Freshford murder trial: jury urged to acquit man accused of murdering partner
A BARRISTER defending a man accused of murdering the mother of his child at their county Kilkenny home has accused the prosecution of engaging in “pseudoscience” to convict a young man who has lost his partner in tragic circumstances.
Michael Bowman SC urged the jury of eight men and four women to acquit his client, telling them that the deceased fell down the stairs.
Renars Veigulis (32) of Old Bridge Street in Freshford has pleaded not guilty to murdering Rita Apine (29) at their home on or about May 14, 2017. He is on trial at the Central Criminal Court.
In interviews with gardai Mr Veigulis said he was in the kitchen of his home with his young daughter when he heard a “boom, boom, boom” from the stairs.
He found his wife injured at the bottom of the stairs and called emergency services but she died later that day.
Prosecuting counsel Vincent Heneghan SC said that blood spatter patterns on the walls and on a hoodie belonging to the accused and injuries to both sides of the deceased’s head showed that Ms Alpine was beaten to death.
He further pointed out that Deputy State Pathologist Dr Linda Mulligan told the trial that she had never before seen such injuries from a simple fall down the stairs.
Mr Heneghan reminded the jury that the pathologist told them that two of the head injuries could have been caused by a fall against the baby gate but it was “very unlikely” a third injury to the back of the head could have been the result of such a fall.
He asked them to consider the evidence of Dr Mulligan, Dr Sandra McGrath and Dr Stephen Doak, which, he said, will lead them to only one conclusion, that Ms Apine was assaulted and died as a result and that the accused is guilty of murder.
Mr Bowman opened his speech by telling the jury that the prosecution was relying on “pseudoscience” and “conjecture”.
He told them that if they stress-test the evidence relied on by the prosecution they will find that it comes up short.
No weapon was found, he said, despite extensive searches of the house in circumstances where Mr Veigulis could not have left his home to dispose of a weapon.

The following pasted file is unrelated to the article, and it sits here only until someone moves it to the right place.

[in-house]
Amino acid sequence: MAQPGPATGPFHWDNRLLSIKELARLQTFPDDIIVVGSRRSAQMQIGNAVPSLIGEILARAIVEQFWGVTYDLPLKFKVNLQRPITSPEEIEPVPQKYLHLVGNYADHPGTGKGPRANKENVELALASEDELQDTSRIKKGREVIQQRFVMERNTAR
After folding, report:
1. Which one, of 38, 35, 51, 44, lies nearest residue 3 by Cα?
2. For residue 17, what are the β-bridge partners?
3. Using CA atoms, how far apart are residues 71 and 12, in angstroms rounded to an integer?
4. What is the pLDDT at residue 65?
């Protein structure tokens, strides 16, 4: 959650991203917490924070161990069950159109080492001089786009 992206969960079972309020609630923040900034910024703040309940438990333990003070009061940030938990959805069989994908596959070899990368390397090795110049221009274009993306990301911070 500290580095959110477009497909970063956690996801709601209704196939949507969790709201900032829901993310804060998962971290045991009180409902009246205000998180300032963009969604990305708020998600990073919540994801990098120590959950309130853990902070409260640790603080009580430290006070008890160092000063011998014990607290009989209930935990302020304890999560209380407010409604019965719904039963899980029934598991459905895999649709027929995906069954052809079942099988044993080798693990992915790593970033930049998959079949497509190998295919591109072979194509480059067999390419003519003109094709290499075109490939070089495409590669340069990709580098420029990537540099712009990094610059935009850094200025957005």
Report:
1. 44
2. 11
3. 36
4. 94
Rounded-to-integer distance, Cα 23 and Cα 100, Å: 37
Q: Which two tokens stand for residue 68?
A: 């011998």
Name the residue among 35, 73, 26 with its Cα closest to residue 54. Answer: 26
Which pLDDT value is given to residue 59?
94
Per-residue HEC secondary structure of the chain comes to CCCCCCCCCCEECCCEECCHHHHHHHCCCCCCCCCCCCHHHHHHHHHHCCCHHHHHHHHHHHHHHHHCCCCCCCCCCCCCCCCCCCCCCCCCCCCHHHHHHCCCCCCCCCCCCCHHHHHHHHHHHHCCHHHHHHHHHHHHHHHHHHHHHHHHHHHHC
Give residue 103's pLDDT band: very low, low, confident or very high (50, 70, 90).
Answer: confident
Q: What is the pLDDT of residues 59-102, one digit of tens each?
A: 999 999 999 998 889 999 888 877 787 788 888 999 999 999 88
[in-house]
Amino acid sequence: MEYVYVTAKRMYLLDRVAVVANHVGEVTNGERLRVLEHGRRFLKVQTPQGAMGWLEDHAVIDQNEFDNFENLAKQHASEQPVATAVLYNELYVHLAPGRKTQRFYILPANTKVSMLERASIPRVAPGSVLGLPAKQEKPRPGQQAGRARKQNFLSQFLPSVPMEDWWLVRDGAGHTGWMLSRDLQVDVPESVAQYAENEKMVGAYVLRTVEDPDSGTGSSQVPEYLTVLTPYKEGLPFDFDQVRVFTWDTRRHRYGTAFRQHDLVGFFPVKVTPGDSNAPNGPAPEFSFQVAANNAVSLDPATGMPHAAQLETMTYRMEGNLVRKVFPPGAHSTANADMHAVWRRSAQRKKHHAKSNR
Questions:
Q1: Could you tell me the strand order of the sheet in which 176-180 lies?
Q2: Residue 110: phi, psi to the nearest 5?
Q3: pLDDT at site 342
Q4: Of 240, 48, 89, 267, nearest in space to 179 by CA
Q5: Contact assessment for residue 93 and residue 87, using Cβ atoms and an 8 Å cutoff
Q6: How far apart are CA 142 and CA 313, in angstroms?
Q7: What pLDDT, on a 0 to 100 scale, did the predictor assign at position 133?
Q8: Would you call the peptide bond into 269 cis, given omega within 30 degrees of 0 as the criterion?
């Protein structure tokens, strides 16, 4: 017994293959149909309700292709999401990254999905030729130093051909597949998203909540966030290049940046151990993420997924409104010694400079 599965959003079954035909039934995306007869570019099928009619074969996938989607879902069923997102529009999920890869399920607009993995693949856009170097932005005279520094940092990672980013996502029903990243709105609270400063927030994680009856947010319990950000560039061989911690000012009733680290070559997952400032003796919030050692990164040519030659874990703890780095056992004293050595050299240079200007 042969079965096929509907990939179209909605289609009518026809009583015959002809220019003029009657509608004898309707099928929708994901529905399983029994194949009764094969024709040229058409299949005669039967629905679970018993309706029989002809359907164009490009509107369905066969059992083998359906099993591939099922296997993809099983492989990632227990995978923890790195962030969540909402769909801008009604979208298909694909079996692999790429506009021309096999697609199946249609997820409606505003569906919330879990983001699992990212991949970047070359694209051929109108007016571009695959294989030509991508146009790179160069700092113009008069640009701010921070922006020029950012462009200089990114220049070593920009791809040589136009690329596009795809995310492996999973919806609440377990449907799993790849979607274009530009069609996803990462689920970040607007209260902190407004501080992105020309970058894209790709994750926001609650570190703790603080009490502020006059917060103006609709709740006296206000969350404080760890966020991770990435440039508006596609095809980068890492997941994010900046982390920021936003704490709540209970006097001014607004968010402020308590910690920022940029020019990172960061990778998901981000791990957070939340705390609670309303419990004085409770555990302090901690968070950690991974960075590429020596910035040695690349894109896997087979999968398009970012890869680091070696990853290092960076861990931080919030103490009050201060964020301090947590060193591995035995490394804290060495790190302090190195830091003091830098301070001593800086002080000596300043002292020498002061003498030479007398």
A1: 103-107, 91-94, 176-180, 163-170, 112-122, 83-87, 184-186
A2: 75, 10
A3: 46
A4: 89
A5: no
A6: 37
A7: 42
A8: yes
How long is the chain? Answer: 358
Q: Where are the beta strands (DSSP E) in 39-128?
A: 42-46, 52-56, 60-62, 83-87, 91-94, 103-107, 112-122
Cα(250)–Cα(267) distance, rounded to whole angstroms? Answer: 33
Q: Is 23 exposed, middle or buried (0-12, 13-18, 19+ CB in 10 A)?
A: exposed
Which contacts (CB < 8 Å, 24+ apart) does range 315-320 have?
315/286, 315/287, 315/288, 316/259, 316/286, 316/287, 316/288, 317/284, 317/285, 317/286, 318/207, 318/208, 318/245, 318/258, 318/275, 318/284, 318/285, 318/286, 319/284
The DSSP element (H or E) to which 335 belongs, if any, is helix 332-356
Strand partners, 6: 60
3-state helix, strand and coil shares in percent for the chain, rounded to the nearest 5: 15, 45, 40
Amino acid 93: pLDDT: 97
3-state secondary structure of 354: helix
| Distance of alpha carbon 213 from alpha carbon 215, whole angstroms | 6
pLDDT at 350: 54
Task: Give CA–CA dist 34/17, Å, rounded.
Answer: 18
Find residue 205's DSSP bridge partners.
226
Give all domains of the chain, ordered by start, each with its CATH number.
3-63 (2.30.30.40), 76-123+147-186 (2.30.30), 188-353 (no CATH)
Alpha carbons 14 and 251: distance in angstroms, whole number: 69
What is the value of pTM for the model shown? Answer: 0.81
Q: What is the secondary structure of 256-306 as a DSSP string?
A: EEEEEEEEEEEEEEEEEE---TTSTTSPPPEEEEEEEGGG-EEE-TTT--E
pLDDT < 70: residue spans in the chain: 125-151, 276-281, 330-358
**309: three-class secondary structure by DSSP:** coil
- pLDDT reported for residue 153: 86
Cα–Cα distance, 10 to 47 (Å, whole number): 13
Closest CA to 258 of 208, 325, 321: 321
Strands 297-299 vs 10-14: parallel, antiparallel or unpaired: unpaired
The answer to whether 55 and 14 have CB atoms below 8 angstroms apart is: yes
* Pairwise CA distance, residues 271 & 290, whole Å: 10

If his hands were the weapon used, he said, bruising or cuts would have been obvious to gardai who spoke to him that day.
In the absence of a murder weapon being found, Mr Bowman said Dr Stephen Doak, the forensic scientist relied on by the prosecution, had suggested that a baby gate at the bottom of the stairs was the weapon.
This, Mr Bowman said, was “nonsense of the first and highest order”. No weapon was found, he said, because there was no weapon.
Mr Bowman said Dr Doak had not “stress-tested” the evidence but instead had “shaman-like” told the jury what happened whilst “ignorant” of the alternative suggestions given by the accused.
He questioned a claim there was evidence of blood being cleaned from one wall, saying nobody found a “stitch of evidence” of any cleaning equipment being used and none of the people arriving at the scene smelled detergent or noticed wet walls.
He told the jury that despite only a thin door separating the home where Ms Apine died from neighbours and passersby, nobody heard anything
Addressing the evidence of Dr Mulligan, he asked the jury not to convict on the basis that she had never seen such injuries from a simple fall down the stairs.
“You fall down stairs in as many ways as there are people who fall down stairs,” he said.
He further questioned the blood spatter evidence, telling the jury that it is possible that spatter found in the narrow stairway came from the accused man vigorously moving his blood-stained hands as he tried to save his partner’s life.
Mr Bowman said his client finds himself in a situation where he has lost his partner, the mother of his child, in tragic circumstances.
But Mr Bowman is heartened, he said, by his experience of juries giving true verdicts in accordance with the evidence. He asked them to test the evidence and to look at the words of Renars Veigulis and return “the only just and fair verdict” of not guilty.
Ms Justice Tara Burns will charge the jury in the trial today.